I know Alex Gonzalez will simply shrug it off and move on, but I believe something must be done to make sure Gold Gloves are given to the players that really deserve them, because of defensive excellence and not because of anything else. Perhaps we should simply give the award to the player with the best fielding percentage at each position. Perhaps we should give it to the player who made the fewest errors with at least a certain number of chances. I don’t know what the best resolution to this issue is, all I know is that something ought to and must be done.

________________________________________________________________

Trivia!

Yesterday’s question (see — Free Agent Profile: Carlos Lee) was…

Carlos Lee was the first player to get a hit at which MLB stadium?

The correct answer…

The New Busch Stadium in St. Louis.

Today’s question is…

Which former MLB shortstop won 12 Gold Gloves for his terrific defense?

_ _ _ _ _ _ _ _ _ _ _ _ _ _ _ _ _ _ _ _ _ _ _ _ _ _ _ _ _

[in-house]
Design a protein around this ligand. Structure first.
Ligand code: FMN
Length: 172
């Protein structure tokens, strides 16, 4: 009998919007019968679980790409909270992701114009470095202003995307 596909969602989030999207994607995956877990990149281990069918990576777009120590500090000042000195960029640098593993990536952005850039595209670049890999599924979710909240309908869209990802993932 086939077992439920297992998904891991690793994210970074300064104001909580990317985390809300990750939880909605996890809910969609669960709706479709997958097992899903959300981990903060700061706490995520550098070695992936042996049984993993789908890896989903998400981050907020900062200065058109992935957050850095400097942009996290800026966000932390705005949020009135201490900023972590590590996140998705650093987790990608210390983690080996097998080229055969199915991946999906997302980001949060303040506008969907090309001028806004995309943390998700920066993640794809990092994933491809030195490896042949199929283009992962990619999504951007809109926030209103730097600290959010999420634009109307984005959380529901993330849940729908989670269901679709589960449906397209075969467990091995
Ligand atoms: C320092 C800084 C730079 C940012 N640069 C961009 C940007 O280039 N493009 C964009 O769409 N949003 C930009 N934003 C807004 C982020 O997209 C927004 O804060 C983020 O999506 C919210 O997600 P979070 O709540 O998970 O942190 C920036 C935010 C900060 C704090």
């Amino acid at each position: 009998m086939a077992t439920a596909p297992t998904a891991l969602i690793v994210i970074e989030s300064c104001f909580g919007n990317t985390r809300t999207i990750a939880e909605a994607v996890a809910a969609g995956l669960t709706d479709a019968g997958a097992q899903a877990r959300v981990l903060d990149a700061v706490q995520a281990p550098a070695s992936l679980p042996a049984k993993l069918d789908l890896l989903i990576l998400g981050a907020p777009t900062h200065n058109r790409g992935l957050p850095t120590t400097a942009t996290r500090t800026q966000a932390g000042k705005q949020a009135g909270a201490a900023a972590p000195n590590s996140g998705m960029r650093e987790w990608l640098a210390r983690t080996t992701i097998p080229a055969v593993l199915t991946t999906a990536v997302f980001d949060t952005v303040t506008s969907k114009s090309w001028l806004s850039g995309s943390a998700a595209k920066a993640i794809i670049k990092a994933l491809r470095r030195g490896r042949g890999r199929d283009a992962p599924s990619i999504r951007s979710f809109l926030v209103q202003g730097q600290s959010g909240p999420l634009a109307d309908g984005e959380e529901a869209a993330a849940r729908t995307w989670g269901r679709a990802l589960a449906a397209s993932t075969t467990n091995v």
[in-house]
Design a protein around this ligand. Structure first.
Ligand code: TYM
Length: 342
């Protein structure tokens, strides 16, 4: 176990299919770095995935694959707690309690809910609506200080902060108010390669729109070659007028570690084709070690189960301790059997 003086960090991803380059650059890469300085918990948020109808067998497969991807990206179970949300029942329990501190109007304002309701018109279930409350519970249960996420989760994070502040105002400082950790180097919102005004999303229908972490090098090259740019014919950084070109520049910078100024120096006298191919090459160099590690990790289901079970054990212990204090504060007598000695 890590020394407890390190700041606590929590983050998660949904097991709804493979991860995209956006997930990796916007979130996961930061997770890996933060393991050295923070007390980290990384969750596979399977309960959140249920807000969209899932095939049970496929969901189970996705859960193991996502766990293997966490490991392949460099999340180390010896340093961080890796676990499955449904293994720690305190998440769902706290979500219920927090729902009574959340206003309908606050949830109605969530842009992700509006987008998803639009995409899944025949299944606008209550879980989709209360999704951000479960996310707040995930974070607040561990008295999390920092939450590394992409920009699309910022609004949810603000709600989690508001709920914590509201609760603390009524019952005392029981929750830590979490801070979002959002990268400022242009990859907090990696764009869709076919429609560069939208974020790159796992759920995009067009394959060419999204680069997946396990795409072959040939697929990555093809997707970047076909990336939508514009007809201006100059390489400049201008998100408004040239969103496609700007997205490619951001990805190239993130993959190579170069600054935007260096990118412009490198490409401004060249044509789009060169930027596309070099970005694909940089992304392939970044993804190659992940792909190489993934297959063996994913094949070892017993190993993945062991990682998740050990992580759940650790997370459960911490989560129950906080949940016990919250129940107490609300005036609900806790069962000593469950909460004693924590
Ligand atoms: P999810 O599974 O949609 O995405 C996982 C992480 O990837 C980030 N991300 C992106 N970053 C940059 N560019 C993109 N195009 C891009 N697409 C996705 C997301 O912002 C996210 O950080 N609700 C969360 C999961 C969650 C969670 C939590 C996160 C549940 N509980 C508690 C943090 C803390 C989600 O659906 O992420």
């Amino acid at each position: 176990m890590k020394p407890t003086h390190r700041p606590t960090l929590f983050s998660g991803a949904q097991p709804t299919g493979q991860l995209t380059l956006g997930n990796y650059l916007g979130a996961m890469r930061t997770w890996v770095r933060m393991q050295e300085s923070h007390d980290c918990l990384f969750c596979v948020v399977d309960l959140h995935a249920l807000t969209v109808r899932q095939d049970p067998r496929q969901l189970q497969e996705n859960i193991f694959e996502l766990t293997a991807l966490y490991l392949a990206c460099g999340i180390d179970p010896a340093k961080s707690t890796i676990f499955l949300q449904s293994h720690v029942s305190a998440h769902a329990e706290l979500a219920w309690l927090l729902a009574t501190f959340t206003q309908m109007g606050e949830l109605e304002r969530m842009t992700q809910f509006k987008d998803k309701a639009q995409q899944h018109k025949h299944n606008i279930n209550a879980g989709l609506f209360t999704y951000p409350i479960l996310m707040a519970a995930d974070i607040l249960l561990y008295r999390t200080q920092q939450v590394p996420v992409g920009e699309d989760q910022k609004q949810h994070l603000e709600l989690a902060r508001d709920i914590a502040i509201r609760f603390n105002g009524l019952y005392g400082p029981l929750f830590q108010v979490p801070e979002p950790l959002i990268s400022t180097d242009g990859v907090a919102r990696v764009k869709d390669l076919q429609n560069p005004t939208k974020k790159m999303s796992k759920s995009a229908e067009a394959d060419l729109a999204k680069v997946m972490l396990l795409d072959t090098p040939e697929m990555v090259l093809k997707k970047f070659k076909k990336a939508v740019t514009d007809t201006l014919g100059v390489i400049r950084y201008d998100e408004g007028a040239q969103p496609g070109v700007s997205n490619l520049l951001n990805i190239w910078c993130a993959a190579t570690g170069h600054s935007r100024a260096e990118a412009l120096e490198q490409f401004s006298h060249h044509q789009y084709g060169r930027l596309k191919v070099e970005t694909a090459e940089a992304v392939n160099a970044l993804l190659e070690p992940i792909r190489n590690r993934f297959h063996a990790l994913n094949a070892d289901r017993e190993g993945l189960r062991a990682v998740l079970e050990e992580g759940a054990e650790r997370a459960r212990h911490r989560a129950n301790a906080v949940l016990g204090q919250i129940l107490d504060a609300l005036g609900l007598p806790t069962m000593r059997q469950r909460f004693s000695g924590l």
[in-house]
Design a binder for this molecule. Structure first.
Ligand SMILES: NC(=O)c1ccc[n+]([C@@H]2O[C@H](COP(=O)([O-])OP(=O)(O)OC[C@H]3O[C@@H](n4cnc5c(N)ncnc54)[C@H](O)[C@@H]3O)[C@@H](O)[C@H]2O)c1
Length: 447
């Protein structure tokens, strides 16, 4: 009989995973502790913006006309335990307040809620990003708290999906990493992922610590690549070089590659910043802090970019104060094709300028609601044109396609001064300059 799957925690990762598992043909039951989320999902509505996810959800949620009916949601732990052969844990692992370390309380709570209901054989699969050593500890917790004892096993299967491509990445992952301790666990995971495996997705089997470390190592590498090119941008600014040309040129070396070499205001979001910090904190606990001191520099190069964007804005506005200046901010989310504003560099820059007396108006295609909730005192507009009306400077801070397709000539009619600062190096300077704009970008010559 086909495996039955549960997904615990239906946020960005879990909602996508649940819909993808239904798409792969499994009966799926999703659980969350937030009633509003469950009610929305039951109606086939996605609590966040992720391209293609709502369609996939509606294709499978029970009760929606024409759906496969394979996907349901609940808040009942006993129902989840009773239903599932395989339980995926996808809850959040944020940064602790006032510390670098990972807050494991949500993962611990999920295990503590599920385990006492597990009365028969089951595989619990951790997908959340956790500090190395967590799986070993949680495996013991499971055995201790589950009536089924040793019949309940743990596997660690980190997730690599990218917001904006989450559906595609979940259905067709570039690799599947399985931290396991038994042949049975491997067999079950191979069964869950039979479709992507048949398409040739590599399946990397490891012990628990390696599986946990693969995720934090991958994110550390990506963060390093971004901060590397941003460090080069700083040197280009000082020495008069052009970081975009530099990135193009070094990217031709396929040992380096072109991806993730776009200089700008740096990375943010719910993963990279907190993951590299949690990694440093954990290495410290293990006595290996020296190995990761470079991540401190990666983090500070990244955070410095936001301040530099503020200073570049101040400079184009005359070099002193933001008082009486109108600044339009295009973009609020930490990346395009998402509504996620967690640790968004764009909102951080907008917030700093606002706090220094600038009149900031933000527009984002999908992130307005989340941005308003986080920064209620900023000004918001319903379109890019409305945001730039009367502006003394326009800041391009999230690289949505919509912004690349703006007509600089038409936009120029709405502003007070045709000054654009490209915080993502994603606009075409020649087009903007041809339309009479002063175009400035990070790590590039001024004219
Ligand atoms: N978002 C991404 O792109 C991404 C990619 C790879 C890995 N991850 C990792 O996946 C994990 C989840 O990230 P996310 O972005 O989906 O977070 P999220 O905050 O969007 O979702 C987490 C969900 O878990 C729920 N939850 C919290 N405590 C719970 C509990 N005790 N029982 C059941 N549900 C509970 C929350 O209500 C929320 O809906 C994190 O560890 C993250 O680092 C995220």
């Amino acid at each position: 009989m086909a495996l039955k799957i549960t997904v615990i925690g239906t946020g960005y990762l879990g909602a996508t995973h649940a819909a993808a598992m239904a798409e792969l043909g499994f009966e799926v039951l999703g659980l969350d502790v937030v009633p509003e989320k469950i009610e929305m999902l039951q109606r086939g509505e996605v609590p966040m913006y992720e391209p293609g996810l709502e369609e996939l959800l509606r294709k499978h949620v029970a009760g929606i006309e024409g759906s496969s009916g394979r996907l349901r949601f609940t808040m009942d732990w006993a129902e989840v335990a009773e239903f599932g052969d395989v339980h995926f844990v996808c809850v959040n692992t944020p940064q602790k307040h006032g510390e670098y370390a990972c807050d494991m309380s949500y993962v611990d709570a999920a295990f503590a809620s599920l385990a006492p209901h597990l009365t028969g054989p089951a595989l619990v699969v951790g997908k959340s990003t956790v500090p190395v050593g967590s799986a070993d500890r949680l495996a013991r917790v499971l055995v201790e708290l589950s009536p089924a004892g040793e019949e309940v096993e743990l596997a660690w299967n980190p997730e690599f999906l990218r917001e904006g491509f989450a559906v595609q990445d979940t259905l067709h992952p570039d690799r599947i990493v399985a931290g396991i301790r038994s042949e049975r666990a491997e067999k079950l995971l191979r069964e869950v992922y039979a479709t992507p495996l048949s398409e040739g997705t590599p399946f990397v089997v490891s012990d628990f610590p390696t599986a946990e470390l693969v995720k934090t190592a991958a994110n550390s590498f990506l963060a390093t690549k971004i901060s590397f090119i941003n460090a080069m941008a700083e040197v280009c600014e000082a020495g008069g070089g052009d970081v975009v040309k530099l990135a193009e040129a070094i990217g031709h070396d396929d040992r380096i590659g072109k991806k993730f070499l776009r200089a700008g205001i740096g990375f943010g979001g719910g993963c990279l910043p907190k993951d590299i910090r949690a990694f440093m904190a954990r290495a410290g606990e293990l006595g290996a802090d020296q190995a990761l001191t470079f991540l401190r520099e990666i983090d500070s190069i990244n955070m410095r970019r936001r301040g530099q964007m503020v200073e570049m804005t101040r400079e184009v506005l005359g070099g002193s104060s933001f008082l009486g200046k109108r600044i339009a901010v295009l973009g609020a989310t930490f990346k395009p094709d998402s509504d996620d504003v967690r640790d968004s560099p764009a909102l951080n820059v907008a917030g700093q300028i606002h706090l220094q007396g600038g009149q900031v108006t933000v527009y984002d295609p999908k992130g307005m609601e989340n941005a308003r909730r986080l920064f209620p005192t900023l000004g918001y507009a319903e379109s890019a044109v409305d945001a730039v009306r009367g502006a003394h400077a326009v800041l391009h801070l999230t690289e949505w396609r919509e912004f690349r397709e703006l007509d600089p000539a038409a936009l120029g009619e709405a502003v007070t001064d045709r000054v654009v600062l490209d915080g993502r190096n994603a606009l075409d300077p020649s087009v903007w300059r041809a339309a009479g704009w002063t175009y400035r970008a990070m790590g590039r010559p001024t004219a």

There’s a slight change in the schedule for my Free Agent Profiles…here’s an update…

Sunday: Daisuke Matsuzaka

Monday: Juan Pierre

Tuesday: Eric Gagne

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11 Responses to “Gold Glove Voting is Rigged”

  1. I’m a Yankees fan and I still agree with you. I love that Jeter won the award, but I don’t think he deserved it. Much as I hate to admit it, Alex Gonzalez of the BoSox was the best SS in the American League this season.

  2. Totally agree. Jeter getting the award is just ridiculous. Yes, he’s good, but he’s far from great on defense. Gonzalez isn’t a good hitter, but he makes miracles happen at short. He had the gold glove and I’m not certain Steinbrenner or another Yankee mafia goon didn’t pay off the coaches to vote for Jeter.

    I want to see all the coaches who voted for Jeter look directly at Gonzalez and tell him he was worse at shortstop than Jeter. If they do it with a straight-face, they’re liars or understand less about baseball than my wife, who turns off the TV and tells me to go wash my jeans while I’m watching my beloved Brewers. If they do it without a straight-face, well, they’re liars, and the voting is rigged.

    There’s no win-win explanation; there’s no win-lose situation, it’s bad news all the way around, except for Jeter, who is celebrating his undeserved award.

  3. Jeter? Gonzalez??

    What about Michael Young???

    Voting is rigged, but it’s Young, not Gonzalez that deserved the award…!